What Will Voters Do?
Protestors in Wisconsin have flooded the state Capitol this week, chanting slogans during Senate proceedings. A public hearing on Monday lasted nearly nine hours, with the testimony from the public overwhelmingly against the GOP agenda.
The protests were reminiscent of a scene in 2011, just after Walker took office, when he pushed a bill to reduce the power of public-sector unions. The move led to a recall effort, but the outrage among Democrats didn’t translate into electoral success, as Walker survived, won re-election and the GOP maintained majorities in both chambers that still exist.
The same could happen with the current fight, said Brandon Scholz, a Republican strategist in Wisconsin. The perceived power grab will likely motivate the Democratic base, but Republicans may also point to the breach of decorum by protestors, he said, adding that by the 2020 elections, much of the details will have faded anyway.
“If you use Act 10 [the 2011 anti-union bill] as a marker, and you go back to what happened around here . . . with all that went on, Scott Walker won the recall election handily and no legislative seats really changed hands,” Scholz said. “Nothing really became of it. ”
Much of the current controversy amounts to “inside baseball,” in the words of Senate Majority Leader Scott Fitzgerald, that hasn’t broken through with much of the voting public.
Still, even if voters in North Carolina didn’t understand every nuance of the legislature’s play in the 2016 lame-duck session, Democratic-leaning voters had a sense Republicans overreached, said Thomas Mills, a Democratic strategist in that state. There was no statewide race at the top of the ticket on Nov. 6, but Democrats flipped 10 state House seats and six Senate seats — enough to break GOP supermajorities.
“It’s going to energize [Democrats] a hell of a lot more than it’s going to energize the Republicans trying to hold onto some of their gains,” Mills said of Wisconsin. “The Republican base may like that but it’s not the thing that gets them going. It’s easier to motivate people to vote against stuff than for stuff, and voting against a Republican that’s trying to steal your majority ... is a far more motivating factor.”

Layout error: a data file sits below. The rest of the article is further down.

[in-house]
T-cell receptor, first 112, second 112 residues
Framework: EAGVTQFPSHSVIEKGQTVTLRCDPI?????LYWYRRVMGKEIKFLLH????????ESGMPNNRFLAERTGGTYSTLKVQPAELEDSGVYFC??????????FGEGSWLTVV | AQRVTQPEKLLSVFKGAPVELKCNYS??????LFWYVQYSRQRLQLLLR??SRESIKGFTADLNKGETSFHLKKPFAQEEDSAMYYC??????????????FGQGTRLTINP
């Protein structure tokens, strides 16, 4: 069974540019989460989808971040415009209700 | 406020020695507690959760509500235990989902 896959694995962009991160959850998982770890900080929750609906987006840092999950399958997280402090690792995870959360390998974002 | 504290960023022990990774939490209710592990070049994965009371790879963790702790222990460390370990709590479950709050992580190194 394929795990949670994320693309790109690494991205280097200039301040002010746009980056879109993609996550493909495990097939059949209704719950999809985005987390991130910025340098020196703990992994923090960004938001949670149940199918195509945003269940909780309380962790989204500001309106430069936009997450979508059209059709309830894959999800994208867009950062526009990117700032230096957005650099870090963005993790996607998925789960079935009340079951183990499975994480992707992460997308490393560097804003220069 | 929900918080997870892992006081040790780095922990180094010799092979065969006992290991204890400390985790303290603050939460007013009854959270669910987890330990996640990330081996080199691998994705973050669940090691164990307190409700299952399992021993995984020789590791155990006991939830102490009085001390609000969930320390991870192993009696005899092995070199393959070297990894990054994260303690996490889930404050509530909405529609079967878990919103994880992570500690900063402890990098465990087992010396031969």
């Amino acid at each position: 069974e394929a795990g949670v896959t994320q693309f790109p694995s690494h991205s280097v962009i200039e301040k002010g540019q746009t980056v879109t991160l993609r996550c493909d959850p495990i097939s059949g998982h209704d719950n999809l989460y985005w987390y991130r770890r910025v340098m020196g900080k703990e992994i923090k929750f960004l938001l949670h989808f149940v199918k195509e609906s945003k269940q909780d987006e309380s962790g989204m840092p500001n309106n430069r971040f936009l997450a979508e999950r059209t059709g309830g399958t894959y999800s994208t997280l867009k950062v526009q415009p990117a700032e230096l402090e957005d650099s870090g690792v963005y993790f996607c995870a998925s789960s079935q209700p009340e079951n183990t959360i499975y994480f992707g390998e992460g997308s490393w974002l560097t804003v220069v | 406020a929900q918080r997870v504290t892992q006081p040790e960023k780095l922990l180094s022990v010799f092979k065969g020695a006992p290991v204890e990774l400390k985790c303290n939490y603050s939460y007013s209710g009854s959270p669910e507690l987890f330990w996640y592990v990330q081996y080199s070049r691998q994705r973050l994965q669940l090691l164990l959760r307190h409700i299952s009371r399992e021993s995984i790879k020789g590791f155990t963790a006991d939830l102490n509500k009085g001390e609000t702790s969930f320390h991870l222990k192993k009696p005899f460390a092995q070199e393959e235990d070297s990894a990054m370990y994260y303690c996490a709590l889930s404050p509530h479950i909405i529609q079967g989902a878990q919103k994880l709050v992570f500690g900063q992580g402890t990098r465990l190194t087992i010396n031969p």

In Michigan, the Republican-controlled state Legislature is pushing a measure through its lame-duck session aimed at placing limits on what science the incoming Democratic governor can use when creating chemical clean-up standards.
The measure, which would require regulators to only accept studies used by the Environmental Protection Agency, which under the Trump administration is rejecting previously accepted studies that cite proprietary data, is believed by activists to be fast-tracked so it can make it to Republican Gov. Rick Snyder’s desk before Democratic Gov.-elect Gretchen Whitmer takes office.
The bill is moving fast; it was introduced Nov. 29, reported out of committee Tuesday morning and passed that afternoon by the full Senate, where Republicans have a 22-16 majority.
Advocates said they are unsure of the bill’s prospects in the House, where Republicans hold a 58-52 edge. However, they said they are shaken by the urgency of Republicans legislating environmental policy during the lame-duck after Democrats won in Michigan campaigning largely on environmental issues like clean water.
“I’m just shocked by the way that Republicans in Michigan are handling this issue. It seems really tone-deaf. It seems really out of step with where the public is,” said Bob Allison, deputy director of the Michigan League of Conservation Voters. “The public just elected candidates across the board who are talking about this issue and then the first order of business after the election is to gut clean-up standards.”
Jacob Holzman contributed to this report.